Long-term debt $ 38 $ 40
Total liabilities $401 $381
Common stock (50,000 shares outstanding
at $0.40 par value) $ 20 $ 20
Paid-in capital in excess of par 30 30
Retained earnings 102 59
Total stockholders’ equity $152 $109
Total liabilities and stockholders’ equity $553 $490
Track Software, Inc., Balance Sheet ($000)
Retained earnings balance (January 1, 2015) $ 59
Plus: Net profits after taxes (for 2015) 48
Less: Cash dividends on common stock (paid during 2015) 5
Retained earnings balance (December 31, 2015) $102
Track Software, Inc.,
Statement of Retained Earnings ($000)
for the Year Ended December 31, 2015
ISBN 1-269-86847-0
Principles of Managerial Finance, Fourteenth Edition, by Lawrence J. Gitman and Chad J. Zutter. Published by Prentice Hall. Copyright © 2015 by Pearson Education, Inc.
a. (1) On what financial goal does Stanley seem to be focusing? Is it the correct
goal? Why or why not?
(2) Could a potential agency problem exist in this firm? Explain.
b. Calculate the firm’s earnings per share (EPS) for each year, recognizing that the
number of shares of common stock outstanding has remained unchanged since
the firm’s inception. Comment on the EPS performance in view of your response
in part a.
c. Use the financial data presented to determine Track’s operating cash flow (OCF)
and free cash flow (FCF) in 2015. Evaluate your findings in light of Track’s current
cash flow difficulties.
d. Analyze the firm’s financial condition in 2015 as it relates to (1) liquidity, (2) activity,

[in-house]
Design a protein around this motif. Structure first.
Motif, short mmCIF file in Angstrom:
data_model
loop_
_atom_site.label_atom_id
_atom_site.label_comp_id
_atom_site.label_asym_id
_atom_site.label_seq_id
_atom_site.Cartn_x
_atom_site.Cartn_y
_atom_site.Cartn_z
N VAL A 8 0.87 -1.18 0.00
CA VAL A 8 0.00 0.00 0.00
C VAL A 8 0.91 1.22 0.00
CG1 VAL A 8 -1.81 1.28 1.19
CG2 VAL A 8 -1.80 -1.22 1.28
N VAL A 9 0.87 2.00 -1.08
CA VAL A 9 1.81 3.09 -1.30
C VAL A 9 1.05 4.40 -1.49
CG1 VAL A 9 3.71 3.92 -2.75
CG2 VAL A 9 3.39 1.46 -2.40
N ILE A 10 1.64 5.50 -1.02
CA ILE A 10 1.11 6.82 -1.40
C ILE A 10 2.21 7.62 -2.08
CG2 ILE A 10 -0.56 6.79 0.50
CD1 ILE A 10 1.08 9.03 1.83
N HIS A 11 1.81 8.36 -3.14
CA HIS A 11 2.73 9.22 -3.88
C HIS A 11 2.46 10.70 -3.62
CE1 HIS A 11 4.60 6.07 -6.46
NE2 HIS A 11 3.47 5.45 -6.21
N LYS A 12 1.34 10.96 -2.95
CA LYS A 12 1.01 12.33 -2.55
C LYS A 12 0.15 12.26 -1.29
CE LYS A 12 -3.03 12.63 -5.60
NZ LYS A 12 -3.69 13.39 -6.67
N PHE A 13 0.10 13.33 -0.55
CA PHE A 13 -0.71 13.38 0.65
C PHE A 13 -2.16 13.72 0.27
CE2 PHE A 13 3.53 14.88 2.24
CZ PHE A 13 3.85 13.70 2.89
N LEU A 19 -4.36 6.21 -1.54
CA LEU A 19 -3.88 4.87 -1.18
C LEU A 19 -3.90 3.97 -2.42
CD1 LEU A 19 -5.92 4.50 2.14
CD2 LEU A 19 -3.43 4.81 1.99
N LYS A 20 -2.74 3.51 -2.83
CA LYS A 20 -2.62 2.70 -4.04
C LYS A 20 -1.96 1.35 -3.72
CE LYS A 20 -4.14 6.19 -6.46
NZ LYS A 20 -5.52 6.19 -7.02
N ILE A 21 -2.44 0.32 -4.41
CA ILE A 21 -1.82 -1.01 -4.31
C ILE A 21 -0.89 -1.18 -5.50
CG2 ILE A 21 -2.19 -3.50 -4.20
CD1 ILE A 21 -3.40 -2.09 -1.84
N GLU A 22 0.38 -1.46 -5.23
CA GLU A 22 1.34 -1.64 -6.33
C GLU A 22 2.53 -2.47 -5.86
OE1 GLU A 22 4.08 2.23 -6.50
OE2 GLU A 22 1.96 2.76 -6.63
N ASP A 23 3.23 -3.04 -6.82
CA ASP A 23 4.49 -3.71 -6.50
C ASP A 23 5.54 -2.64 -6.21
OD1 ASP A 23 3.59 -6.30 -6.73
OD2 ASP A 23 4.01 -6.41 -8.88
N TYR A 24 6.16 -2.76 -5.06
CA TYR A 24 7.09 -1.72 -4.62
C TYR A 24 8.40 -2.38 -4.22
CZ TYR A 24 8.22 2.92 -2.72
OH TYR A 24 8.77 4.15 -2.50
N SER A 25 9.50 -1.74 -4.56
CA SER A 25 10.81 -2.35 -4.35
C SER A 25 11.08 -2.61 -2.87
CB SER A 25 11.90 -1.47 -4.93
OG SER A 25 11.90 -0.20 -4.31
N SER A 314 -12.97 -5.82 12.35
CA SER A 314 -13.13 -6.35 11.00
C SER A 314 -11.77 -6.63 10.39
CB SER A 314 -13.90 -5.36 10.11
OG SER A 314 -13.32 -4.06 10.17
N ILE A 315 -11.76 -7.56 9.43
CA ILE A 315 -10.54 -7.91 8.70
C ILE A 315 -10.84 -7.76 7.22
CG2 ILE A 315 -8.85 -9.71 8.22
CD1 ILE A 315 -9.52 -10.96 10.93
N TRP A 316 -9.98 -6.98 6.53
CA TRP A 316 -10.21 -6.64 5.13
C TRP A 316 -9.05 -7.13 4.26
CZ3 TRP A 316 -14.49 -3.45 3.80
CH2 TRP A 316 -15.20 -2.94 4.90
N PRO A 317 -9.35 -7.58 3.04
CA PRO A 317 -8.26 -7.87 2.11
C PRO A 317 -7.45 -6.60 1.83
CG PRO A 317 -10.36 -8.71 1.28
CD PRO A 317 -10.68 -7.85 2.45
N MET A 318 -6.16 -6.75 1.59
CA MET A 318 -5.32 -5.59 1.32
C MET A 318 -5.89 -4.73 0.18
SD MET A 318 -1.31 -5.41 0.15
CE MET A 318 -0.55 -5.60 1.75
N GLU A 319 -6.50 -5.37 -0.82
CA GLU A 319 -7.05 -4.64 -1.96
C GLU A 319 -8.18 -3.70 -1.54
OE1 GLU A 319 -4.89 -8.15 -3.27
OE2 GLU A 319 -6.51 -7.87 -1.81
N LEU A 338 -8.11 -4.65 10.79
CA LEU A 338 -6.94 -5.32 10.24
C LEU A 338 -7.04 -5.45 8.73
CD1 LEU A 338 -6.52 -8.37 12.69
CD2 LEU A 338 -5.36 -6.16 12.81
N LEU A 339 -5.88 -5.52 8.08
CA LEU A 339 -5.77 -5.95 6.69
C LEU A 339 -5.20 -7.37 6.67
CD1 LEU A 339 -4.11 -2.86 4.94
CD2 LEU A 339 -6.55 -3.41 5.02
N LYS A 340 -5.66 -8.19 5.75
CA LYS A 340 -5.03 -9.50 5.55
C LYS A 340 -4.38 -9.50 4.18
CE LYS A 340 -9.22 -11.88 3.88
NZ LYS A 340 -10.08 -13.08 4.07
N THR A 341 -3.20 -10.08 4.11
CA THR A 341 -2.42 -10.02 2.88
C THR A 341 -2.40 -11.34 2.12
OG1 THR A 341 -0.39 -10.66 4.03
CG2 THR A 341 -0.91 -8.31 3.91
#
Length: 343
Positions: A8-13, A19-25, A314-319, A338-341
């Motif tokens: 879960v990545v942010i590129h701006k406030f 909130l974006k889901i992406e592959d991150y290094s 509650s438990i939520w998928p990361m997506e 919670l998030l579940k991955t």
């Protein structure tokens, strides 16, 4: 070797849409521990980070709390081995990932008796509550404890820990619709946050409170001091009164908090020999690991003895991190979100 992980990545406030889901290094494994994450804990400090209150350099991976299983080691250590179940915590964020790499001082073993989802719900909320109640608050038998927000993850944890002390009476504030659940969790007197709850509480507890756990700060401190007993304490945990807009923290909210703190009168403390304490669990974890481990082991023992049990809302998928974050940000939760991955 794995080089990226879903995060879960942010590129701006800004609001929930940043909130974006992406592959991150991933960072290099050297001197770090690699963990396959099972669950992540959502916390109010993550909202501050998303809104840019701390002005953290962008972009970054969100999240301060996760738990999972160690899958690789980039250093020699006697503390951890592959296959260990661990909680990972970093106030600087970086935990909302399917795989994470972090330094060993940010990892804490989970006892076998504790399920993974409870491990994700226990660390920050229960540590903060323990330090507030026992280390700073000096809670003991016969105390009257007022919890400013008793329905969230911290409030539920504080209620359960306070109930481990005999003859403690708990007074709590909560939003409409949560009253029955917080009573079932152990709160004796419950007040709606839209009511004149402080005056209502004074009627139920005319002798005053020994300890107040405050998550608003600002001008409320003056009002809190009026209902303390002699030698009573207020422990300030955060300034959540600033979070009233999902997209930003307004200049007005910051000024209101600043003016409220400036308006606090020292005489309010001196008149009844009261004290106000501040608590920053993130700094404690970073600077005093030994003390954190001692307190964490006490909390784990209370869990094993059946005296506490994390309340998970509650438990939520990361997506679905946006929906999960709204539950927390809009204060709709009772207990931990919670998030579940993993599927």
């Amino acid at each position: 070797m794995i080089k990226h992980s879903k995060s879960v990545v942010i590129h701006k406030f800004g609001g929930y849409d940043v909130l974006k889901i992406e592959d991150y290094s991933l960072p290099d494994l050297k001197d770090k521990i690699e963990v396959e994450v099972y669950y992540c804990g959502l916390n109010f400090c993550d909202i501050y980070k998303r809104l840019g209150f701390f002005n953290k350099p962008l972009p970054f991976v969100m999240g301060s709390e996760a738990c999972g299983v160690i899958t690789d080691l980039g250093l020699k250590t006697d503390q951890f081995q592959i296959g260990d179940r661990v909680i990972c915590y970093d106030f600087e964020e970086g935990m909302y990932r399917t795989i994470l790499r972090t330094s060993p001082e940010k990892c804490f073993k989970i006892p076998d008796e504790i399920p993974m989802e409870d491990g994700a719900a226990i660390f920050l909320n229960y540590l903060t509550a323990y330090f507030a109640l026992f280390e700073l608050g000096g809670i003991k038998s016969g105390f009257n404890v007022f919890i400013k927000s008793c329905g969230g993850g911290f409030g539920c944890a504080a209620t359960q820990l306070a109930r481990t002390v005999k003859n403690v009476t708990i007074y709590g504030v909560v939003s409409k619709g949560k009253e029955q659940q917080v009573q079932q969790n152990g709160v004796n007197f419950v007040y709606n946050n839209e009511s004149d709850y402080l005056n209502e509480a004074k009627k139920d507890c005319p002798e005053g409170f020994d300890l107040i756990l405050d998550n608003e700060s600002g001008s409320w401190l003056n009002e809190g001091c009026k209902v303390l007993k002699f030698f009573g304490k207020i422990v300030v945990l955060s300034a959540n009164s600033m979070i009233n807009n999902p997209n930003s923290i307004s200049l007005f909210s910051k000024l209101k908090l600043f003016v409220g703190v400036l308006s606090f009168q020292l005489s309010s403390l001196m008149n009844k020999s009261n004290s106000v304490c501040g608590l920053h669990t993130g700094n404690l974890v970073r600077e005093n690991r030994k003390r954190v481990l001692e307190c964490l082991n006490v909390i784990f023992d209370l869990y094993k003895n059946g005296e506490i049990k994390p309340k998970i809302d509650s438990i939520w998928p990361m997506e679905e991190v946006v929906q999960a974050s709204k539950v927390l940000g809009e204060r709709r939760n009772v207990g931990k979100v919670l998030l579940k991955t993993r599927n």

(3) debt, (4) profitability, and (5) market, using the financial statements
provided in Tables 2 and 3 and the ratio data included in Table 5. Be sure to
evaluate the firm on both a cross-sectional and a time-series basis.
e. What recommendation would you make to Stanley regarding hiring a new software
developer? Relate your recommendation here to your responses in part a.
f. Track Software paid $5,000 in dividends in 2015. Suppose that an investor approached
Stanley about buying 100% of his firm. If this investor believed that by
owning the company he could extract $5,000 per year in cash from the company
in perpetuity, what do you think the investor would be willing to pay for the firm
if the required return on this investment is 10%?
g. Suppose that you believed that the FCF generated by Track Software in 2015
could continue forever. You are willing to buy the company in order to receive
this perpetual stream of free cash flow. What are you willing to pay if you require
a 10% return on your investment?